Many of you have heard me talk before about how the best way to keep a forest healthy is to encourage cutting some of it down. It sounds counter-intuitive in some ways, but as also discussed in the past, we have a limited amount of dirt in the world, and people will use that dirt for whatever is the most profitable or useful for them. That could be a natural forest or a cornfield, a plantation or a parking lot. By giving natural forests an economic value, we’re encouraging the use of dirt for forests …

… And to look at the value of forests, I would like to recommend this full article, “Timber! Are We Out on a Limb?” for summer reading. It has some great statistics such as the fact that “the forests of the world sequester carbon in vast quantities: an estimated 289 gigatonnes (Gt) in their biomass alone.” That’s a fun one to toss out next time someone asks you about how trees help fight global warming.

It also pulls stats from the United Nations Food and Agriculture Organization such as:

• There are about 4 billion hectares (ha) (10 billion acres) of forest in the world today.
• About 3 billion ha is primarily for the production of wood and non-wood products.
• Twelve percent of the 4 billion ha are protected in some way.

Wood use in construction is not one of deforestation's key drivers.

Now, “deforestation” is converting forest to another use—no more trees. We don’t like that, right? Well, as the article points out, “wood use in construction is not one of deforestation's key drivers … conversion to agriculture, notably palm oil, cattle, soy, and subsistence farming, accounts for about 80 percent of global deforestation.” Again, it is a choice of what to put on that dirt—what seems to have the most immediate value to the users of that patch of land.

Here’s a fun stat, which I’ll quote in full:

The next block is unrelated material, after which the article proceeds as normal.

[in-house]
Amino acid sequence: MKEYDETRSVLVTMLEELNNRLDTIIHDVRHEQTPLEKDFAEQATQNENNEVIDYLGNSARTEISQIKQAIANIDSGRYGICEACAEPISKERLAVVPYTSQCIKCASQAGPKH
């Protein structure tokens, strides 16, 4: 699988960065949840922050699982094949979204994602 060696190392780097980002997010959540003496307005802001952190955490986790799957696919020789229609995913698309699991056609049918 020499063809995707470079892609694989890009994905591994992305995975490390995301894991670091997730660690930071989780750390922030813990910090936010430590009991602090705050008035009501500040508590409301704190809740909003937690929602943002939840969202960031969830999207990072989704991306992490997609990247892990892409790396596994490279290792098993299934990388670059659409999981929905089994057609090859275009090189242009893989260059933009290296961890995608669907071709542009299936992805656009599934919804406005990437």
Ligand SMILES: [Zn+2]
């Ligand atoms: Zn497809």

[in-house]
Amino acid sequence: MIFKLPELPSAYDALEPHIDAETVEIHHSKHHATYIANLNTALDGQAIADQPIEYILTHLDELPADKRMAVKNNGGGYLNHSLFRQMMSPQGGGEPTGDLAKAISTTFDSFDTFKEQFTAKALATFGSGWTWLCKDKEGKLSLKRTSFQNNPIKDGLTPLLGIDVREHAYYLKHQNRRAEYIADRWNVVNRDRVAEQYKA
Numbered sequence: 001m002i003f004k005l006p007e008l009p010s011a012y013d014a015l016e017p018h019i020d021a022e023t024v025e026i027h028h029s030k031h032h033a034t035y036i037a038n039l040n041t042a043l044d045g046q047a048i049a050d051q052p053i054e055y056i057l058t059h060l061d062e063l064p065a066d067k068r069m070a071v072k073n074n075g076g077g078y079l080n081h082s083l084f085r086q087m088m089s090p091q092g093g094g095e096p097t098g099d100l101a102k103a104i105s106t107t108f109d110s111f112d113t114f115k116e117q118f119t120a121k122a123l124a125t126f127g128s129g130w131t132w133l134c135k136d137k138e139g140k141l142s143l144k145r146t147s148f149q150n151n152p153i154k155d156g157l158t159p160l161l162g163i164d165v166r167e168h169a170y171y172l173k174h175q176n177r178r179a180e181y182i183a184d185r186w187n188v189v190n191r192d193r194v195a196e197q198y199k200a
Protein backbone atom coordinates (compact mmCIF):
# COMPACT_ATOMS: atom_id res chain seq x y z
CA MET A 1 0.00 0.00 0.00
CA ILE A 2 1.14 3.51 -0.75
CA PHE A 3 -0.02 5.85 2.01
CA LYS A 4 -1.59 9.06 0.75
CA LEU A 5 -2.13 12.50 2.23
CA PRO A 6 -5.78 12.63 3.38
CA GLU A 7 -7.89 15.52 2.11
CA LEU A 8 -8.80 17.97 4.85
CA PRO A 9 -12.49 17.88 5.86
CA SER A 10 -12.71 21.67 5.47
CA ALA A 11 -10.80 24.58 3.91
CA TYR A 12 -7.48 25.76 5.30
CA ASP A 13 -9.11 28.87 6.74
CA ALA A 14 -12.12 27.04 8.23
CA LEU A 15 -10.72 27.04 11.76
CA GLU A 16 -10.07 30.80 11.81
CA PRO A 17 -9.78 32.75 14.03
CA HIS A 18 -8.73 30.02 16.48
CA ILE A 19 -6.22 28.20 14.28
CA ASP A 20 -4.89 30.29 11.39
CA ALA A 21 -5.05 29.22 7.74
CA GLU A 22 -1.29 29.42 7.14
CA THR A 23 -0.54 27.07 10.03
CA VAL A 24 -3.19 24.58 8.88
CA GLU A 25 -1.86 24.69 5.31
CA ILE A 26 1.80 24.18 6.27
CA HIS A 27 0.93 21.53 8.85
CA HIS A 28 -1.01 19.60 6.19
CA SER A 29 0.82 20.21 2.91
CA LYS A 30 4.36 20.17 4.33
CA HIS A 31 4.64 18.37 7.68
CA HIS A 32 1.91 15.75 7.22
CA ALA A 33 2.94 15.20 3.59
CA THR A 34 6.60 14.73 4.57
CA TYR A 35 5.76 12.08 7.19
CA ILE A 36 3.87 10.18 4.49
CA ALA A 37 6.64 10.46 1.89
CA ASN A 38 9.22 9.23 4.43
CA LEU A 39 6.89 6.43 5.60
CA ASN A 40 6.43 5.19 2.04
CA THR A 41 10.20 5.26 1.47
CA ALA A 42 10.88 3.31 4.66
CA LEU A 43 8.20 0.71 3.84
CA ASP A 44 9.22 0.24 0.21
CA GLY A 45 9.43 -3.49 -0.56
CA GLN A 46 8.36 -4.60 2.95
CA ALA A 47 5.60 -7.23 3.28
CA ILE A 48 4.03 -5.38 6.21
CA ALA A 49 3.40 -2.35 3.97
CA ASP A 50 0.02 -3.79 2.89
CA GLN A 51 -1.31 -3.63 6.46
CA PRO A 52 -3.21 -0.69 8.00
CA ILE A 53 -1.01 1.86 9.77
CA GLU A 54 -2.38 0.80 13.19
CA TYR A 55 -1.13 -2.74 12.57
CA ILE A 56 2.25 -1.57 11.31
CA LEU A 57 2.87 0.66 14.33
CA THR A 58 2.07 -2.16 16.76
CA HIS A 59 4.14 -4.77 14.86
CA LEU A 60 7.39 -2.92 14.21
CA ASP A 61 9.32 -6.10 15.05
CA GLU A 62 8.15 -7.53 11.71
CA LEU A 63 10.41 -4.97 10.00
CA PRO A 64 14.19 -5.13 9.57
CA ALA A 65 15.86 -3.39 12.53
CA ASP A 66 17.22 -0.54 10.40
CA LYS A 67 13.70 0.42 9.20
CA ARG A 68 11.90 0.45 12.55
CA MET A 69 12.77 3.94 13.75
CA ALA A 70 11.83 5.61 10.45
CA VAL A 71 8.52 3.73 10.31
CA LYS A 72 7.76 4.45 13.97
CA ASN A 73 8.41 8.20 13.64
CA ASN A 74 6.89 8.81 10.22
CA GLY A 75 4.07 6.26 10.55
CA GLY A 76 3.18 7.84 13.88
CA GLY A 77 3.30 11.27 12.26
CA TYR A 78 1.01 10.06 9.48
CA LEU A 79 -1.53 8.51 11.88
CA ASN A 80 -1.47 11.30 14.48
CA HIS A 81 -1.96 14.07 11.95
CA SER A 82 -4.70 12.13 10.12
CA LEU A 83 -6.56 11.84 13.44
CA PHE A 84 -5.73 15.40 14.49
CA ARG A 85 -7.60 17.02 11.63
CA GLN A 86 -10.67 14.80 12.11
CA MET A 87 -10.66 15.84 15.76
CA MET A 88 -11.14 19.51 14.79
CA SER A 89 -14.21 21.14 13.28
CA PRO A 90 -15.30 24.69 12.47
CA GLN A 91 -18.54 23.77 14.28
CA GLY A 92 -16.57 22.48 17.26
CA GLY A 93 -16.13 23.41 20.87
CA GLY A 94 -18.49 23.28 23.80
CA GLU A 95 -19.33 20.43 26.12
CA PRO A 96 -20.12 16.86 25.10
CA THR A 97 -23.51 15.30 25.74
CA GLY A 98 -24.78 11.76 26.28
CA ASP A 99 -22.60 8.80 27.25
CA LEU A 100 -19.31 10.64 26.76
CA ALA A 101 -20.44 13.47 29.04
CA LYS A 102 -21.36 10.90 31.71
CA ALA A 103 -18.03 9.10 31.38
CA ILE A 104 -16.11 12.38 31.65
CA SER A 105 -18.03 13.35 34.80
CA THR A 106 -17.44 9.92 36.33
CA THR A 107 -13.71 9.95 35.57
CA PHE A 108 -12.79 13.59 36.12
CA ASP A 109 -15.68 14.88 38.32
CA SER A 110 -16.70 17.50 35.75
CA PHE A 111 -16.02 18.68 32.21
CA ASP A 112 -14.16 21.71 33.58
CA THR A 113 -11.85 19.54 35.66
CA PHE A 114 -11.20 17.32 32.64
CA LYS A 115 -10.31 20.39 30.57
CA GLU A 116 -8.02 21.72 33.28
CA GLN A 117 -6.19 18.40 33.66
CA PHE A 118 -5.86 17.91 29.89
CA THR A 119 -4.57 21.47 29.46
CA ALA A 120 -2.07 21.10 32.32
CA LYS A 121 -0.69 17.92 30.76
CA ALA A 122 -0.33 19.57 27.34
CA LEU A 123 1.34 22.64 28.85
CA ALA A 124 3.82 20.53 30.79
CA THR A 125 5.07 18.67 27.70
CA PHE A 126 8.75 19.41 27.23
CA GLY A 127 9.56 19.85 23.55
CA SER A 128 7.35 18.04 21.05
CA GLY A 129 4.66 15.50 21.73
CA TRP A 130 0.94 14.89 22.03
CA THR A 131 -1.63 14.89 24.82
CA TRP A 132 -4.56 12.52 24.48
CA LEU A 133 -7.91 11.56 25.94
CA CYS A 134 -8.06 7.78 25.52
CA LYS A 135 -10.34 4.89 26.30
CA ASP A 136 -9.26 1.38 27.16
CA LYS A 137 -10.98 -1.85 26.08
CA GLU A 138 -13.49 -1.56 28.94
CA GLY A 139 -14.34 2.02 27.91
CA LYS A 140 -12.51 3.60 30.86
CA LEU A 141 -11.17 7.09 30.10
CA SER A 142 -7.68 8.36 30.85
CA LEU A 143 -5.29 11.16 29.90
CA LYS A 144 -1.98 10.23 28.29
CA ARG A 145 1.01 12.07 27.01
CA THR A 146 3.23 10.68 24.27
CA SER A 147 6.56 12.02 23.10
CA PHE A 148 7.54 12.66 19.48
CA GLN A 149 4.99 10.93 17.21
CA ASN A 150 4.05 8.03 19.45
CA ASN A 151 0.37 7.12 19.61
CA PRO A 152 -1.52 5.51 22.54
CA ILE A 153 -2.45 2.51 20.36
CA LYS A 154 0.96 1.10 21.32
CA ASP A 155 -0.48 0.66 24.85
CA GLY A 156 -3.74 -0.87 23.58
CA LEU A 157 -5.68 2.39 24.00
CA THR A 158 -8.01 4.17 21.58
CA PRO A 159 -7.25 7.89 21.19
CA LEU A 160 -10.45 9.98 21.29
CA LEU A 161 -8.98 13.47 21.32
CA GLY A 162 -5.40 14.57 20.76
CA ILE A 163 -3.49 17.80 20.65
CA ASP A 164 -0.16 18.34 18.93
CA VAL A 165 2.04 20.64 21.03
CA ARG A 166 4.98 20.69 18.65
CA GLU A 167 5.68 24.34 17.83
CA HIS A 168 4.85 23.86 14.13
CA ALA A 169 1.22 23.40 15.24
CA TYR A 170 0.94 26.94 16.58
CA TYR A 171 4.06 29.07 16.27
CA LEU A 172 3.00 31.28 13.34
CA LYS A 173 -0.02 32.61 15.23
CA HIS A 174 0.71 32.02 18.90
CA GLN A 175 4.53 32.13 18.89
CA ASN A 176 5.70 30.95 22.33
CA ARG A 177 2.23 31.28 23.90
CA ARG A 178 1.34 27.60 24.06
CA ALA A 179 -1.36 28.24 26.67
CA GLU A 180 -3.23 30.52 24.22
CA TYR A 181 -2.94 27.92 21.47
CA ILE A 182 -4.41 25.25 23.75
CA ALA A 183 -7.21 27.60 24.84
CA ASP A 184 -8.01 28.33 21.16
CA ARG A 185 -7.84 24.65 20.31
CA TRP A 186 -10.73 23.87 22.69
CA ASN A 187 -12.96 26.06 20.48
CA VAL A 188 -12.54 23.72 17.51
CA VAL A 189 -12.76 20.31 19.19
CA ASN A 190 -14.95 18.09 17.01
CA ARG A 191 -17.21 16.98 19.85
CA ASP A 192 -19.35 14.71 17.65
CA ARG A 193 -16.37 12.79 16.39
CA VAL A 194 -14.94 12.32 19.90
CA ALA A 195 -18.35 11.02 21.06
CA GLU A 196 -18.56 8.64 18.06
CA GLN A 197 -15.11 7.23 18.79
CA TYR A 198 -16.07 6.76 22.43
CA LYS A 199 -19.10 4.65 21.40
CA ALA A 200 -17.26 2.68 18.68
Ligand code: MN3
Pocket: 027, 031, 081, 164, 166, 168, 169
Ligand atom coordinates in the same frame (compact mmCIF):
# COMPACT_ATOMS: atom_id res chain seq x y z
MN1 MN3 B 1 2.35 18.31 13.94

In North America, where 90 percent of wood taken from forests is cut for the timber itself—primarily for construction and, decreasingly, pulp and paper—forest area is holding steady. North American forests are now being managed so that they recover from cuts within a relatively short period, either through replanting (reforestation) or natural regeneration.

Think on that. The United States has a thriving forest economy. We have a strong, well-respected, well-valued wood industry. The species are valued, be it for a decorative hardwood floor or a strong structural softwood support. We have an industry committed to having forests around for decades, even centuries to come. So overall, we see an economic value to filling our dirt with valuable trees. And the stats show that despite a steady harvest rate, our forests are holding their own.

To keep the tropical forests healthy and growing, they need to be more valuable to the users than palm oil plantations.

To keep the tropical forests healthy and growing, they need to be more valuable to the users than palm oil plantations or cattle farms or than using the dirt to plant some vegetables to feed your family that year. And better still, we should be giving value to sustainably managed forests—ideally, look for FSC or PEFC or another certification on your tropical wood. But no matter what, appreciate it, give it good value, encourage people to keep the forest active and well-managed so we have these trees around for years to come.

The article goes on to look at the value and need for more plantations—in part because there just aren’t enough sustainably managed natural forests for the long term. It also compares some of the various certification programs and discusses (as I’ve said before) the need for the final users (particularly green building programs) to embrace more programs that just FSC. But again, the bottom line is that we need to give all trees enough value to have them be the application of choice for our available dirt.

[Editor's Note: For more on why using trees promotes preserving forests, see the article "Trees Are the Answer: Why Using Wood is the Answer to Saving Forests."]

Elizabeth Baldwin has over 20 years of international wood sourcing experience. Very widely traveled, her résumé's "Special Skills" section includes "the ability to eat anything from raw horse to deep-fried scorpion." She serves as Metropolitan Hardwood Flooring's (metrofloors.com) ECO (Environmental Compliance Officer) and deals daily with the "green alphabet soup" of today's industry: FSC, CARB, LEED, and much more. She blogs for Hardwood Floors on all things green (and, as she says, " 'grey' and 'blue' and almost every color except 'black and white.' Nothing in this world is black and white, particularly not 'green issues.'")